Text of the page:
As regards the issue of scientology and the question about building ratings-the noble Baroness asked a legitimate question-the Bill does not change the current situation. There is a statutory authority exception in relation to public functions which would cover tax relief on religious buildings. I hope that that satisfies the noble Baroness on that particular question.

Ultimately, whether or not something can be considered to be a valid religion or belief for protection under domestic legislation is a matter for the courts. Therefore, irrespective of the immediate effects of the amendment, our domestic courts would be obliged to take European case law into account. This is likely to mean that philosophical beliefs such as humanism would almost inevitably be considered to be worthy of protection by the law and thus negate the effect of the amendment. I ask the noble Baroness to withdraw it.
Baroness Butler-Sloss: For the past 30 years at least, the Church of Scientology has not been accepted as a church. I did not understand from the Minister's answer whether the way in which Clause 10 is set out will change that situation.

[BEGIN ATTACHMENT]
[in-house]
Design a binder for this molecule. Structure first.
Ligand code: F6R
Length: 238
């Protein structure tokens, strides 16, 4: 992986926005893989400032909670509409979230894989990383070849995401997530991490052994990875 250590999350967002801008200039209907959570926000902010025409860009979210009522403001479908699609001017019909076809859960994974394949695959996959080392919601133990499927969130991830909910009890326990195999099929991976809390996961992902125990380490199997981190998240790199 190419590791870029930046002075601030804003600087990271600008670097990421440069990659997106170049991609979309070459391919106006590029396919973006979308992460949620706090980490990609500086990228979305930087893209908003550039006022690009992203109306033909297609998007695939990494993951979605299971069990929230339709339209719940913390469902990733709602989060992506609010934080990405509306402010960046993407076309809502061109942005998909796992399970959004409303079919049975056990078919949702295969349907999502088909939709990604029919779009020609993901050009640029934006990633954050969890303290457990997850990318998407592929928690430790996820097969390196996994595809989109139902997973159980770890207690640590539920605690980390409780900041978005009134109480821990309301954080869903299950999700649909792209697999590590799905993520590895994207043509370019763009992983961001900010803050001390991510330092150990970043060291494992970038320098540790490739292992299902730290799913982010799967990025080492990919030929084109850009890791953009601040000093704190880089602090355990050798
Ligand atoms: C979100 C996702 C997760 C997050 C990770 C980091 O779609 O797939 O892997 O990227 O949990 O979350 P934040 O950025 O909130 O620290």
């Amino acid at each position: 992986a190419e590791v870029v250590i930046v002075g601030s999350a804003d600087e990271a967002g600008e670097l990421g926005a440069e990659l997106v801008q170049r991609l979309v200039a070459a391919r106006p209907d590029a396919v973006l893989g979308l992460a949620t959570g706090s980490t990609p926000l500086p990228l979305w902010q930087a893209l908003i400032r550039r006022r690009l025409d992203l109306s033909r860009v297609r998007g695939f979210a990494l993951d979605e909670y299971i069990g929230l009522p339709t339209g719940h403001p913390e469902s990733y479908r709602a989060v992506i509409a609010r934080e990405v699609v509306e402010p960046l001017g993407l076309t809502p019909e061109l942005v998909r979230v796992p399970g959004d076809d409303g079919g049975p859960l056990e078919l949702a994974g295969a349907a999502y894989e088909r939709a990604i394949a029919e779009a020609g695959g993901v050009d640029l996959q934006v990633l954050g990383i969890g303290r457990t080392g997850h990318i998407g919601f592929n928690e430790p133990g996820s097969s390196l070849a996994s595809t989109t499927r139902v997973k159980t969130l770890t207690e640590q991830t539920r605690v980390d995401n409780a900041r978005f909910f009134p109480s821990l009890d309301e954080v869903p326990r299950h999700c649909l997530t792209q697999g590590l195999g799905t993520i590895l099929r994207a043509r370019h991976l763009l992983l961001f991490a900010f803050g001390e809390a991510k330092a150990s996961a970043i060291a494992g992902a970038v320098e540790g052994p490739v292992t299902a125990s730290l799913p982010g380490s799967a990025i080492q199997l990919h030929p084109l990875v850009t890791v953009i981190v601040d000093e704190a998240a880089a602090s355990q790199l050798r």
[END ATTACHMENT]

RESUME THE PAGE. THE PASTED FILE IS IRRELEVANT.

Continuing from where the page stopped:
Baroness Thornton: No. I thought I made it clear in my remarks to the noble and learned Baroness that this does not change the situation.
The Lord Bishop of Chichester: I, too, would like to resist this amendment. The inclusion of the word "philosophy" is really rather important-for religious people as well. The distinction between religion and philosophy could be too sharply drawn. In the Explanatory Notes, paragraph 71 talks about religion or belief having,
    "a clear structure and belief system".
It then uses some rather general, catch-all descriptions like "Catholics" and "Protestants". Belief systems are much more complex than are reducible to simple denominational or institutional forms. "Philosophy" here introduces into the scope of the law that degree of freedom for recognising that people actually occupy a number of different positions in relation to the wider belief system in which they find themselves. I therefore wish to resist this amendment.
Baroness Warsi: I thank the Minister for her reply. I am heartened to hear the position in relation to exemptions for tax purposes and am thankful to the noble and learned Baroness, Lady Butler-Sloss, for requesting clarification on the Church of Scientology. With that, I beg leave to withdraw the amendment.
Amendment 20 withdrawn.